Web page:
In addition to the Smyth and Pollard cases, U.S. Customs agents raided three U.S. companies on December 12, 1985, to seize materials describing a metallurgical process for tank guns that were being transferred illegally to Israel. In another case, three Israelis were arrested on April 22, 1986, for conspiring to sell arms to Iran. On May 15, 1986, two Israelis were arrested in New York on another weapons selling scheme. On July 8, 1986, U.S. Customs agents searched three U.S. companies for information about a plan to transfer technical information for cluster bombs to Israel. An Illinois company said on August 8, 1986, that Israelis tried to steal data on aerial reconnaissance cameras. Israel denied any connection with any of these cases. In February 1997, an engineer at a military testing facility in Michigan admitted that he had “inadvertently” given classified materials to Israel over a ten-year period. Press reports in early May 2000 said that Israeli intelligence had tapped into White House and State Department communications, but a later FBI investigation cleared Israel.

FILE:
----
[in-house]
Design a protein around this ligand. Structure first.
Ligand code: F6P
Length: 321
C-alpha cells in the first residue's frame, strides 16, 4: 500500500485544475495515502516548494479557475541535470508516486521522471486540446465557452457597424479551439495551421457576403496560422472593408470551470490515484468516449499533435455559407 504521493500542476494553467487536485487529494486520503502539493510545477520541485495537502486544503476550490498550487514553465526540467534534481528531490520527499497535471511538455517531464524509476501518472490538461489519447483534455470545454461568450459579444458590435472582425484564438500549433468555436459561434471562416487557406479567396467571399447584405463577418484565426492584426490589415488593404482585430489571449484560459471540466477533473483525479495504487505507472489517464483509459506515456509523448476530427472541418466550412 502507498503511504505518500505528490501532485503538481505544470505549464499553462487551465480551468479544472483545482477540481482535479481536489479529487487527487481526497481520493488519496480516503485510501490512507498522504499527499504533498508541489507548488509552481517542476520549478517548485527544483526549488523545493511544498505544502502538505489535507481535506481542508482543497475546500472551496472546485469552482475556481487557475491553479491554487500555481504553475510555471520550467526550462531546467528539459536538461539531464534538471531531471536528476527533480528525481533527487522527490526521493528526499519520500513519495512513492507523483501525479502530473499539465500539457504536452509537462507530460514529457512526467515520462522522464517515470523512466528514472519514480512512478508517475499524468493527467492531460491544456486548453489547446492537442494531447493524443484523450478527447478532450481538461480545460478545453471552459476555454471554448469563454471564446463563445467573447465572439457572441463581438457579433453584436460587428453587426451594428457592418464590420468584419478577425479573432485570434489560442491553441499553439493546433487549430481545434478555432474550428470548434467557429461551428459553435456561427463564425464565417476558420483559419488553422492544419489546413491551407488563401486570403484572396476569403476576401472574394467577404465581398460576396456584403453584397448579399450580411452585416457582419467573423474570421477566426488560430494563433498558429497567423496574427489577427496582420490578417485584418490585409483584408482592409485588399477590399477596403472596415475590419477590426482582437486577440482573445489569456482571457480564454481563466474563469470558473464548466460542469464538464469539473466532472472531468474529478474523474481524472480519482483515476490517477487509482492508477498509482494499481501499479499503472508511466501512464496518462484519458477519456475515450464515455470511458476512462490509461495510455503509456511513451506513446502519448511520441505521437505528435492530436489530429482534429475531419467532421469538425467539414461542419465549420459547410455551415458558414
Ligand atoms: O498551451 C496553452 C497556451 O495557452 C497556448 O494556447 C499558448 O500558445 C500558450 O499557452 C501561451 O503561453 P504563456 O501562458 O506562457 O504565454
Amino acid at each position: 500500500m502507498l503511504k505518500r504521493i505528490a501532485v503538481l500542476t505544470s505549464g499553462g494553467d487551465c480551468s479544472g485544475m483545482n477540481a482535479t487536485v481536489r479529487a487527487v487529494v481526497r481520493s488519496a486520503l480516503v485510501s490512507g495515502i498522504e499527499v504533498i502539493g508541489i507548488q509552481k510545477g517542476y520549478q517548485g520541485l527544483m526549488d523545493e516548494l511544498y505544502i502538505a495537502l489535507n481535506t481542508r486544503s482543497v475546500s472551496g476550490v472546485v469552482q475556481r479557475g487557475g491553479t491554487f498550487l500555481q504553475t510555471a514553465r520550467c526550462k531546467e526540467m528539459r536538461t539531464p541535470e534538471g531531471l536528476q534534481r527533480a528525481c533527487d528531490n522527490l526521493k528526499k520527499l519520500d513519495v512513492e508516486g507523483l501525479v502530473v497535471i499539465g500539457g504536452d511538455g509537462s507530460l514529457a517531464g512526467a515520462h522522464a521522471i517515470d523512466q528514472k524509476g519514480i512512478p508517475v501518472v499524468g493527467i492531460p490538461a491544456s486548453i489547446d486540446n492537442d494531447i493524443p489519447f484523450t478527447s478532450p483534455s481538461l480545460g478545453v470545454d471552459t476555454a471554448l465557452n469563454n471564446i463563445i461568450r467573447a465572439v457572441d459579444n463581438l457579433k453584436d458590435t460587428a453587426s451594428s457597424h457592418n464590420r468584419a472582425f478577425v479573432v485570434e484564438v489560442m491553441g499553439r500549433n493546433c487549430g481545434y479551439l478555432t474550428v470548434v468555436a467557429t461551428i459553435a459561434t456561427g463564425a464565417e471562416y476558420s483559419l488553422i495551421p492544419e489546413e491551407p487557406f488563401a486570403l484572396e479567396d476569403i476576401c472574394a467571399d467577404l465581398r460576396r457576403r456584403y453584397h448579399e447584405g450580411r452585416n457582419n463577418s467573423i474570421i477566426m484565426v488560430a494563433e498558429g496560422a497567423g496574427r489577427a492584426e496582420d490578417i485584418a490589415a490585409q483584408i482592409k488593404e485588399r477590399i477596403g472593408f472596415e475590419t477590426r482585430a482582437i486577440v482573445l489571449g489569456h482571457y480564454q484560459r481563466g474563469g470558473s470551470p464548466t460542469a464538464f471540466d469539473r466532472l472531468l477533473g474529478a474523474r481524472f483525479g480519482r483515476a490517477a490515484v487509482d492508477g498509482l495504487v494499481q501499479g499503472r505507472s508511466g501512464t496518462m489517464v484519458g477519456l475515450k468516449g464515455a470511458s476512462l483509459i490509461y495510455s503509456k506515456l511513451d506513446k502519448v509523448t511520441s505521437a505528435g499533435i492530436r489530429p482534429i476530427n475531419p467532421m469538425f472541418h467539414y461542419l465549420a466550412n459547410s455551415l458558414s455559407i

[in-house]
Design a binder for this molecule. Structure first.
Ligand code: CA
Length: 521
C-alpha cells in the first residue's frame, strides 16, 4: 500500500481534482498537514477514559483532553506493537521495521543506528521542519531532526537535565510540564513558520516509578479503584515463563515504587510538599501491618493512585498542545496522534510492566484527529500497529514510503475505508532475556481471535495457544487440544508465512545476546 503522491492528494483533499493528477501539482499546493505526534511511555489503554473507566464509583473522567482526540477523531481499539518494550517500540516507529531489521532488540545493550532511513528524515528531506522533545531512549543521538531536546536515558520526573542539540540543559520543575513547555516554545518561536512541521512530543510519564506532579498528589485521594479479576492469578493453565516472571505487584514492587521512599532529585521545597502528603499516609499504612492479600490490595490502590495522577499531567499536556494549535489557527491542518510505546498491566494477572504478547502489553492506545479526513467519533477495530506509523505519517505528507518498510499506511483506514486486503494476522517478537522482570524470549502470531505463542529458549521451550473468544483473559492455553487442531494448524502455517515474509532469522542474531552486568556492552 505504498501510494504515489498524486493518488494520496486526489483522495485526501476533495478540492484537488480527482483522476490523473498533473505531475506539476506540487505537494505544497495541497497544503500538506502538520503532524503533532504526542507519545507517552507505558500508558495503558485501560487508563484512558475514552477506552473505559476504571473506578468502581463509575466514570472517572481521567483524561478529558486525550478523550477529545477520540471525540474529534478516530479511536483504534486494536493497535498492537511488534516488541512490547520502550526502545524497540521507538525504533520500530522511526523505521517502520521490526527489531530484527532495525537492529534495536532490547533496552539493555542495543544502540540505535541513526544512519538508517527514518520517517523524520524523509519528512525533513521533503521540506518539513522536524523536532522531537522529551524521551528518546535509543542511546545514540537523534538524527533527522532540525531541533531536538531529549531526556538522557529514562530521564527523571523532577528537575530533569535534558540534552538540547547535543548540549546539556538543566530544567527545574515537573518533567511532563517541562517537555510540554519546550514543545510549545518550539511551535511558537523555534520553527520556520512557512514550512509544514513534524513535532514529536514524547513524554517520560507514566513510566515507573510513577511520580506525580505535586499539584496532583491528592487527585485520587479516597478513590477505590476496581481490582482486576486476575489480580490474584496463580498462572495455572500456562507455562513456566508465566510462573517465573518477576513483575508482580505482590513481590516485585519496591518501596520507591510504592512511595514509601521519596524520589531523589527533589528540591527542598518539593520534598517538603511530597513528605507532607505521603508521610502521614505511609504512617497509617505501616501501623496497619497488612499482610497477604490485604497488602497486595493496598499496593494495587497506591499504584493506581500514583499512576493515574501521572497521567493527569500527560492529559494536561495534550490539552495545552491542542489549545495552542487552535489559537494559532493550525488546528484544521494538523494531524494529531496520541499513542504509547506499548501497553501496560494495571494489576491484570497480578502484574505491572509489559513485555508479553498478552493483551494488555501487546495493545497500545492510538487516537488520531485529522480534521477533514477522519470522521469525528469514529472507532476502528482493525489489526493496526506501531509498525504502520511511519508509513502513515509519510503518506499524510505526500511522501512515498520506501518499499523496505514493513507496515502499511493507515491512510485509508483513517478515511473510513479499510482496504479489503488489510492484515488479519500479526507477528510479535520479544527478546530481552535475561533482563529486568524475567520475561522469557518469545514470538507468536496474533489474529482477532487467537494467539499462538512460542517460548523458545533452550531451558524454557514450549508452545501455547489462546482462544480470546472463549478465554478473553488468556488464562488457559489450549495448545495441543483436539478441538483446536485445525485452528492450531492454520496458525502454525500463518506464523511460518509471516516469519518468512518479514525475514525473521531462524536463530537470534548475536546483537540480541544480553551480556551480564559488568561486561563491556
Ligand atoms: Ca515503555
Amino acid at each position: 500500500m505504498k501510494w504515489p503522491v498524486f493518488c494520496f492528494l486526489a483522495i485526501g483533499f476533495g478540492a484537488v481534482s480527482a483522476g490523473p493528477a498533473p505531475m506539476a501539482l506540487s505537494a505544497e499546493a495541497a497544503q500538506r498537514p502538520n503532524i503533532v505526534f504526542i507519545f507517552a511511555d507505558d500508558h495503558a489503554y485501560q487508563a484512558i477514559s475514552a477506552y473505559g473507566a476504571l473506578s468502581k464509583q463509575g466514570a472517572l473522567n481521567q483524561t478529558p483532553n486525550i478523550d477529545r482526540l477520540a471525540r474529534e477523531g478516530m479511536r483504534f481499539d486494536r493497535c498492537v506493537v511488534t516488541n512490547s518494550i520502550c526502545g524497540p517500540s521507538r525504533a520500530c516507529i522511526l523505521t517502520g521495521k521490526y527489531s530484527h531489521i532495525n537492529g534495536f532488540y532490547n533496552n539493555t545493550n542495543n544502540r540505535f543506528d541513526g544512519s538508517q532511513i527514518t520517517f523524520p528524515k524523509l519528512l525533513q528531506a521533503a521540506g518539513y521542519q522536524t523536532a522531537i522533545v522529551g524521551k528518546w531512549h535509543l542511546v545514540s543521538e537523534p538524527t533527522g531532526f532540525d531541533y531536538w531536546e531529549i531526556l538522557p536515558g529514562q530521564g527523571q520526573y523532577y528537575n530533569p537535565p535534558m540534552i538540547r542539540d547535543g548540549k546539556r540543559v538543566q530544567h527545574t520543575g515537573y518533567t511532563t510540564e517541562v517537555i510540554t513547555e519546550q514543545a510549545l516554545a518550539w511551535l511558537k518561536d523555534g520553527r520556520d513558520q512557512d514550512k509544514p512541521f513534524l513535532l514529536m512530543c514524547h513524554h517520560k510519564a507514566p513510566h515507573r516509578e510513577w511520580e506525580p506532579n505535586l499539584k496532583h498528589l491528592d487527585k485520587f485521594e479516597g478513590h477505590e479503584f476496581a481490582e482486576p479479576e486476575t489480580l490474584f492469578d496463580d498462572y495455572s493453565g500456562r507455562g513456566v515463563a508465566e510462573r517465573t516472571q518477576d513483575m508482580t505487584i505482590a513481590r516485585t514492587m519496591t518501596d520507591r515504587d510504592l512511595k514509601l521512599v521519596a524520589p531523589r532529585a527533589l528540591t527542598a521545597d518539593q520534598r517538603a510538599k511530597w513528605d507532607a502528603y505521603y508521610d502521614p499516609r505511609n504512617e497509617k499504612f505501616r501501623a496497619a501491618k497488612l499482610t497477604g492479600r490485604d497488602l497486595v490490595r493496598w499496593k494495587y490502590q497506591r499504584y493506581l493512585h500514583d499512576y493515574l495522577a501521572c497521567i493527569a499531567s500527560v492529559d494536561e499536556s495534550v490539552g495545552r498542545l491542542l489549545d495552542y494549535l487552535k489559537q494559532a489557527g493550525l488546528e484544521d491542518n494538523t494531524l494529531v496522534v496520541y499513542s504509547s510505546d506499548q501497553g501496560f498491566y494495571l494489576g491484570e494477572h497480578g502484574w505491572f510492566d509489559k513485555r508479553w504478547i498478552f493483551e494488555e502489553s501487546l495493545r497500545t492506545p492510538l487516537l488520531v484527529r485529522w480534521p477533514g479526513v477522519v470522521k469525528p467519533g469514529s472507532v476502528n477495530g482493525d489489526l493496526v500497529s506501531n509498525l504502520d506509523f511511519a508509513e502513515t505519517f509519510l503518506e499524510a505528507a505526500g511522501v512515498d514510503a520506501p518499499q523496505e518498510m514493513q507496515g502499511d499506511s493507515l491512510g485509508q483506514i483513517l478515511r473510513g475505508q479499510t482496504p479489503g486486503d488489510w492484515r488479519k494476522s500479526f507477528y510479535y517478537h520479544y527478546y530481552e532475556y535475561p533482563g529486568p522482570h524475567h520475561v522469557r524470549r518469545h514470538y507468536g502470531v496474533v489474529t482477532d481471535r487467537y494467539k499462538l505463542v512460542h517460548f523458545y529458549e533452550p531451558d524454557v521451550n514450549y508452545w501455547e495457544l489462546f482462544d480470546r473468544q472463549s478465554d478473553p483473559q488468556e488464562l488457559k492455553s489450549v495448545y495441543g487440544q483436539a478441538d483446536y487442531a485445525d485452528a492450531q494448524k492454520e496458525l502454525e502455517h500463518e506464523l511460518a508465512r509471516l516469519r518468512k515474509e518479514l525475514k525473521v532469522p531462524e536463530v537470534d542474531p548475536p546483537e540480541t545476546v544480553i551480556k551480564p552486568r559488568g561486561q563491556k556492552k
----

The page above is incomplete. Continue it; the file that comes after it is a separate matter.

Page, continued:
Now, would the FBI dare to charge an American official without evidence? This is the important question. The investigators have even interviewed the under-secretary of state, Douglas Feith as well as Mr. Paul Wolfowitz. Would they really make both men waste their time without a sound argument?